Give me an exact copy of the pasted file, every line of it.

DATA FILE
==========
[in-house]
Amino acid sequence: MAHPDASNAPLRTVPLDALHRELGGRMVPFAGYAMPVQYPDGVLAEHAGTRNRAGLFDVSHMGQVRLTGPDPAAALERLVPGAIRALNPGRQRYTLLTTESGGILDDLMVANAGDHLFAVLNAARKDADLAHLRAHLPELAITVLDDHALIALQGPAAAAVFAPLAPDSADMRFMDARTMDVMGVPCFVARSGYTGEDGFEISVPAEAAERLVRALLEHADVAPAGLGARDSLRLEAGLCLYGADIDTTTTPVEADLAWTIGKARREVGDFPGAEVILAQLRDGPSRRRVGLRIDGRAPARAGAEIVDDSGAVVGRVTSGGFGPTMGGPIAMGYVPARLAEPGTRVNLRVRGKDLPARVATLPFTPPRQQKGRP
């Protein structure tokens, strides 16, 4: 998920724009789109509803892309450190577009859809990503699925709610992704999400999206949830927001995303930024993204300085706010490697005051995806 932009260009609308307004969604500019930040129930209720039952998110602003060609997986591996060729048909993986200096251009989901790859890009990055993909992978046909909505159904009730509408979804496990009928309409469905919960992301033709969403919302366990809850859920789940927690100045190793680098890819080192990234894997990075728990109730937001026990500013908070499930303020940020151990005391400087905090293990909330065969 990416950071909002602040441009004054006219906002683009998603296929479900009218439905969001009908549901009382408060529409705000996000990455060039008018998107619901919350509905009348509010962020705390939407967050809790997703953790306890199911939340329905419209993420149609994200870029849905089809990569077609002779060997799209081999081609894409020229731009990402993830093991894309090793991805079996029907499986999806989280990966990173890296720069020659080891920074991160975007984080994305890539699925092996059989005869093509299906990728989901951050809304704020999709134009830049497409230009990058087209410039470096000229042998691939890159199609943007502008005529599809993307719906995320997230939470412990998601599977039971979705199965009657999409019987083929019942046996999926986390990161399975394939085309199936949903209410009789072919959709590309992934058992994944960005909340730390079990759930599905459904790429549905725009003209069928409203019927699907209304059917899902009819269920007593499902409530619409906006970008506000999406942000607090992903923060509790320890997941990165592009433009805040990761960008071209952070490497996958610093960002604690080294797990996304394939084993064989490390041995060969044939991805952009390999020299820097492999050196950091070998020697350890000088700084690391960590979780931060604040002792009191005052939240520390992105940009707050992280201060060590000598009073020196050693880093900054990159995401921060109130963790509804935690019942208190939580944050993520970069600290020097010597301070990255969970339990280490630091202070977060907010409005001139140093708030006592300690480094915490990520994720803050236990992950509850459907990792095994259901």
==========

[in-house]
Amino acid sequence: MAHPDASNAPLRTVPLDALHRELGGRMVPFAGYAMPVQYPDGVLAEHAGTRNRAGLFDVSHMGQVRLTGPDPAAALERLVPGAIRALNPGRQRYTLLTTESGGILDDLMVANAGDHLFAVLNAARKDADLAHLRAHLPELAITVLDDHALIALQGPAAAAVFAPLAPDSADMRFMDARTMDVMGVPCFVARSGYTGEDGFEISVPAEAAERLVRALLEHADVAPAGLGARDSLRLEAGLCLYGADIDTTTTPVEADLAWTIGKARREVGDFPGAEVILAQLRDGPSRRRVGLRIDGRAPARAGAEIVDDSGAVVGRVTSGGFGPTMGGPIAMGYVPARLAEPGTRVNLRVRGKDLPARVATLPFTPPRQQKGRP
């Protein structure tokens, strides 16, 4: 998920724009789109509803892309450190577009859809990503699925709610992704999400999206949830927001995303930024993204300085706010490697005051995806 932009260009609308307004969604500019930040129930209720039952998110602003060609997986591996060729048909993986200096251009989901790859890009990055993909992978046909909505159904009730509408979804496990009928309409469905919960992301033709969403919302366990809850859920789940927690100045190793680098890819080192990234894997990075728990109730937001026990500013908070499930303020940020151990005391400087905090293990909330065969 990416950071909002602040441009004054006219906002683009998603296929479900009218439905969001009908549901009382408060529409705000996000990455060039008018998107619901919350509905009348509010962020705390939407967050809790997703953790306890199911939340329905419209993420149609994200870029849905089809990569077609002779060997799209081999081609894409020229731009990402993830093991894309090793991805079996029907499986999806989280990966990173890296720069020659080891920074991160975007984080994305890539699925092996059989005869093509299906990728989901951050809304704020999709134009830049497409230009990058087209410039470096000229042998691939890159199609943007502008005529599809993307719906995320997230939470412990998601599977039971979705199965009657999409019987083929019942046996999926986390990161399975394939085309199936949903209410009789072919959709590309992934058992994944960005909340730390079990759930599905459904790429549905725009003209069928409203019927699907209304059917899902009819269920007593499902409530619409906006970008506000999406942000607090992903923060509790320890997941990165592009433009805040990761960008071209952070490497996958610093960002604690080294797990996304394939084993064989490390041995060969044939991805952009390999020299820097492999050196950091070998020697350890000088700084690391960590979780931060604040002792009191005052939240520390992105940009707050992280201060060590000598009073020196050693880093900054990159995401921060109130963790509804935690019942208190939580944050993520970069600290020097010597301070990255969970339990280490630091202070977060907010409005001139140093708030006592300690480094915490990520994720803050236990992950509850459907990792095994259901």